Currently, parallel support for places is enabled only for Racket 3m (which is the main variant of Racket), and only by default for Windows, Linux x86/x86_64, and Mac OS X x86/x86_64. To enable support for other platforms, use --enable-places with configure when building Racket. The place-enabled? function reports whether places run in parallel.
Places enable the development of parallel programs that take advantage of machines with multiple processors, cores, or hardware threads.
To a first approximation, place channels support only immutable, transparent values as messages. In addition, place channels themselves can be sent across channels to establish new (possibly more direct) lines of communication in addition to any existing lines. Finally, mutable values produced by shared-flvector, make-shared-flvector, shared-fxvector, make-shared-fxvector, shared-bytes, and make-shared-bytes can be sent across place channels; mutation of such values is visible to all places that share the value, because they are allowed in a shared memory space. See place-message-allowed?.
A place channel can be used as a synchronizable event (see Events) to receive a value through the channel. A place can also receive messages with place-channel-get, and messages can be sent with place-channel-put.
Constraints on messages across a place channel—
For example, the following expression lanches two places, echoes a message to each, and then waits for the places to terminate:
(let ([pls (for/list ([i (in-range 2)]) (dynamic-place "place-worker.rkt" 'place-main))]) (for ([i (in-range 2)] [p pls]) (place-channel-put p i) (printf "~a\n" (place-channel-get p))) (map place-wait pls))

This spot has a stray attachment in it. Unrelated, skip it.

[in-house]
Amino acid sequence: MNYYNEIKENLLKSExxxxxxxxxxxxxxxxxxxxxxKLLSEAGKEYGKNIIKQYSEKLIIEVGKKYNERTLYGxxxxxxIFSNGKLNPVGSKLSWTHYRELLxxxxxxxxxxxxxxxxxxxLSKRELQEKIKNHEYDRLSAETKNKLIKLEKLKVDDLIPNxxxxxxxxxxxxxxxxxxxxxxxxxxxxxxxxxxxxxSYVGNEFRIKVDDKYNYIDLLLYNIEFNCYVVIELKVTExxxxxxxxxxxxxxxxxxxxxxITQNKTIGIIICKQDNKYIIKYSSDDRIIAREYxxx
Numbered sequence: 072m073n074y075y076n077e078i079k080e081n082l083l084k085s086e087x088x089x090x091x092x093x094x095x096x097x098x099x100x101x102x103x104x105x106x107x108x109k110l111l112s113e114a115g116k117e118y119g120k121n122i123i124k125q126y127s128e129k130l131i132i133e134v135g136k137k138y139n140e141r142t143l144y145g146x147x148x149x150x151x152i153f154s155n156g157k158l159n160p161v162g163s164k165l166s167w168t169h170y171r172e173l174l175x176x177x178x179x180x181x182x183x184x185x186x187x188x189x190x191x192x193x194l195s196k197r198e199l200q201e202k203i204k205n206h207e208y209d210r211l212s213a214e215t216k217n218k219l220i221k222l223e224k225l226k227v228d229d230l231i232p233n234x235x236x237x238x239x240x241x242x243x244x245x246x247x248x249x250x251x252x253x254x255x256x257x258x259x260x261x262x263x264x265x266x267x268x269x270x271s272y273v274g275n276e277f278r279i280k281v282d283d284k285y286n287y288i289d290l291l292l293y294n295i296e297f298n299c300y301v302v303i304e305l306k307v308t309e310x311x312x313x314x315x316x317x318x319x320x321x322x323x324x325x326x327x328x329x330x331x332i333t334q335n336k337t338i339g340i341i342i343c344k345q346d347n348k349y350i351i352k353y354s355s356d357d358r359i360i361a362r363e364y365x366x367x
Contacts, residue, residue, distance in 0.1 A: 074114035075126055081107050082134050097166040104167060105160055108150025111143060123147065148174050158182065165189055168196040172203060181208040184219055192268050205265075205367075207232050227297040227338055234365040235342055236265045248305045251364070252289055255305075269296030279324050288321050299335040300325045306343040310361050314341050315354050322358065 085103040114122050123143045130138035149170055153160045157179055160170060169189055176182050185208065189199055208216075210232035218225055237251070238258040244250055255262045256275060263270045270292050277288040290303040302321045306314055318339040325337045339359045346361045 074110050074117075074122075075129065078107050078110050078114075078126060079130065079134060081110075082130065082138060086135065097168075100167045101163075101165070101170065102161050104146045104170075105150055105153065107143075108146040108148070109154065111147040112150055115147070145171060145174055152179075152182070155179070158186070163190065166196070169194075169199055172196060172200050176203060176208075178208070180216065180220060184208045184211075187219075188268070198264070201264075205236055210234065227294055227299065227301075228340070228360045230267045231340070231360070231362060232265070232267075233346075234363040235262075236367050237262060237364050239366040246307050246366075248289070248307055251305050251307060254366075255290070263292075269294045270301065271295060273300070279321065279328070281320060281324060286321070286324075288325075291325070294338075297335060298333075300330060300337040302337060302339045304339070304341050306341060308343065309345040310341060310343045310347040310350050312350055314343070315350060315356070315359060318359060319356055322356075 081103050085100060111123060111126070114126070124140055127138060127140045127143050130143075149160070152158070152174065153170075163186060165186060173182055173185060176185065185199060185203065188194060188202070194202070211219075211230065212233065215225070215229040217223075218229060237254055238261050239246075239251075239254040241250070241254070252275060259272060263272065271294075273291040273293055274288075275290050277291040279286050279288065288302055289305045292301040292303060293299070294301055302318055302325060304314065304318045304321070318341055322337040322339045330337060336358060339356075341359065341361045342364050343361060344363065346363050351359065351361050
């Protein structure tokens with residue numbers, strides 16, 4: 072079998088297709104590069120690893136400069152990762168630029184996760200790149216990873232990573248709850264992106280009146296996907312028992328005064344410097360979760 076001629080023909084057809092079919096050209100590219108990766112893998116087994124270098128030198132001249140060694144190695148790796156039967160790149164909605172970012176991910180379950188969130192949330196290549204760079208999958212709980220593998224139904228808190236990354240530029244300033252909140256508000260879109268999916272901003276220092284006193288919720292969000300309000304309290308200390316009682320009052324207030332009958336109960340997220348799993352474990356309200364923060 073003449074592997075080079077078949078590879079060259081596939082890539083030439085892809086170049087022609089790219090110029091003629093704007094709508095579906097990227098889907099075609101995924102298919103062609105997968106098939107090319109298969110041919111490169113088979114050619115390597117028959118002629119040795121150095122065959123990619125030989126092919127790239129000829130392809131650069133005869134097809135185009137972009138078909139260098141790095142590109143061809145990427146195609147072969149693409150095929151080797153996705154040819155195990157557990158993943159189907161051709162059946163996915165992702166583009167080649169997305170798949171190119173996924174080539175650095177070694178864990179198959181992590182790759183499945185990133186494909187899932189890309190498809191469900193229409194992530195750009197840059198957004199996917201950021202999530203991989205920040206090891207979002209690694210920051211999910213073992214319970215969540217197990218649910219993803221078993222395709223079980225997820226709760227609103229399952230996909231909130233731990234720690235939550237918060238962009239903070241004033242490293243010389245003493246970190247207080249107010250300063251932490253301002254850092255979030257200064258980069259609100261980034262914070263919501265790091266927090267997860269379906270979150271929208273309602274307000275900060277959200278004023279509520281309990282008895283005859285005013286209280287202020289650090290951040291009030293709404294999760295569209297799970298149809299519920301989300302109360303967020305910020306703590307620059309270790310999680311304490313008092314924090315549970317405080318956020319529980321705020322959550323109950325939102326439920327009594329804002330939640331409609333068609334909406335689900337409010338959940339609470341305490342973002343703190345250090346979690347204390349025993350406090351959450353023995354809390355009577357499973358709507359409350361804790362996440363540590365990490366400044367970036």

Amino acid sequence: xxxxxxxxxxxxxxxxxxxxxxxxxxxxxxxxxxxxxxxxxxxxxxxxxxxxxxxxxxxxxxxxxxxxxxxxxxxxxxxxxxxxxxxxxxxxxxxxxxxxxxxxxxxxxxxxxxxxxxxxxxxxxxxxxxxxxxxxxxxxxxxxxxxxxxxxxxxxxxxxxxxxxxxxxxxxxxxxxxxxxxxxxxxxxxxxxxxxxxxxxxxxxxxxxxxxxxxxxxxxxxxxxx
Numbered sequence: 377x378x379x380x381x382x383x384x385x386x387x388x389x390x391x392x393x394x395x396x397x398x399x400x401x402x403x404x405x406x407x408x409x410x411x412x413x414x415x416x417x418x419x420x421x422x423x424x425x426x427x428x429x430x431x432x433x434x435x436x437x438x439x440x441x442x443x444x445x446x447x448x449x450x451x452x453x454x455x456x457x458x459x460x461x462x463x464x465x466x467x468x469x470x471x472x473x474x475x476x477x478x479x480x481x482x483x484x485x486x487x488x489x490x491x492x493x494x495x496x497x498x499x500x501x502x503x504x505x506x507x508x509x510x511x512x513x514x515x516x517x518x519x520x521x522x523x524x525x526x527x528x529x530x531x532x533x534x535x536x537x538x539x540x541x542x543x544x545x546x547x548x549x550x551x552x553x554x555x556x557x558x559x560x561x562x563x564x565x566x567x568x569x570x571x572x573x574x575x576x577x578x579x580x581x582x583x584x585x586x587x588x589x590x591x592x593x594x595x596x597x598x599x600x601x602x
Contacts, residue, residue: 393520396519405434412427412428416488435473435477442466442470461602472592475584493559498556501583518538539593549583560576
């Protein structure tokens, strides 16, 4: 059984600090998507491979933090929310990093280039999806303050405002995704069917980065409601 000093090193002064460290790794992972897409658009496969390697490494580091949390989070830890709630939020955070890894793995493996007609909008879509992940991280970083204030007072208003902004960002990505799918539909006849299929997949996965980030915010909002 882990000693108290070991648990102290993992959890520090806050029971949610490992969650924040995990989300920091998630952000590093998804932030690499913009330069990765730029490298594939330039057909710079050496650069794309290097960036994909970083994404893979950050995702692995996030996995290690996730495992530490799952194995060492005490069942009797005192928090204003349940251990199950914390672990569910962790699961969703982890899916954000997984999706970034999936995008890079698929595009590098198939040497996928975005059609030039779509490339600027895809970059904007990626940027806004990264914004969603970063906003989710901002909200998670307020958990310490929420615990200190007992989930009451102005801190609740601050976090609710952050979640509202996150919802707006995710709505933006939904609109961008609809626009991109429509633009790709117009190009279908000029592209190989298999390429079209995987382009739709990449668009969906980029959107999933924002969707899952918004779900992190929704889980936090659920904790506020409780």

The "place-worker.rkt" module must export the place-main function that each place executes, where place-main must accept a single place channel argument:
#lang racket (provide place-main) (define (place-main pch) (place-channel-put pch (format "Hello from place ~a" (place-channel-get pch))))
The module indicated by module-path must export a function with the name start-proc. The function must accept a single argument, which is a place channel that corresponds to the other end of communication for the place descriptor returned by place.
When the place is created, the initial exit handler terminates the place, using the argument to the exit handler as the place’s completion value. Use (exit v) to immediately terminate a place with the completion value v. Since a completion value is limited to an exact integer between 0 and 255, any other value for v is converted to 0.
If the function indicated by module-path and start-proc returns, then the place terminates with the completion value 0.
|(place id body ...+)|
See place-message-allowed? form information on automatic coercions in v, such as converting a mutable string to an immutable string.
If (place-enabled?) returns #f, then the result is always #t and no conversions are performed on v as a message. Otherwise, the following kinds of data are allowed as messages: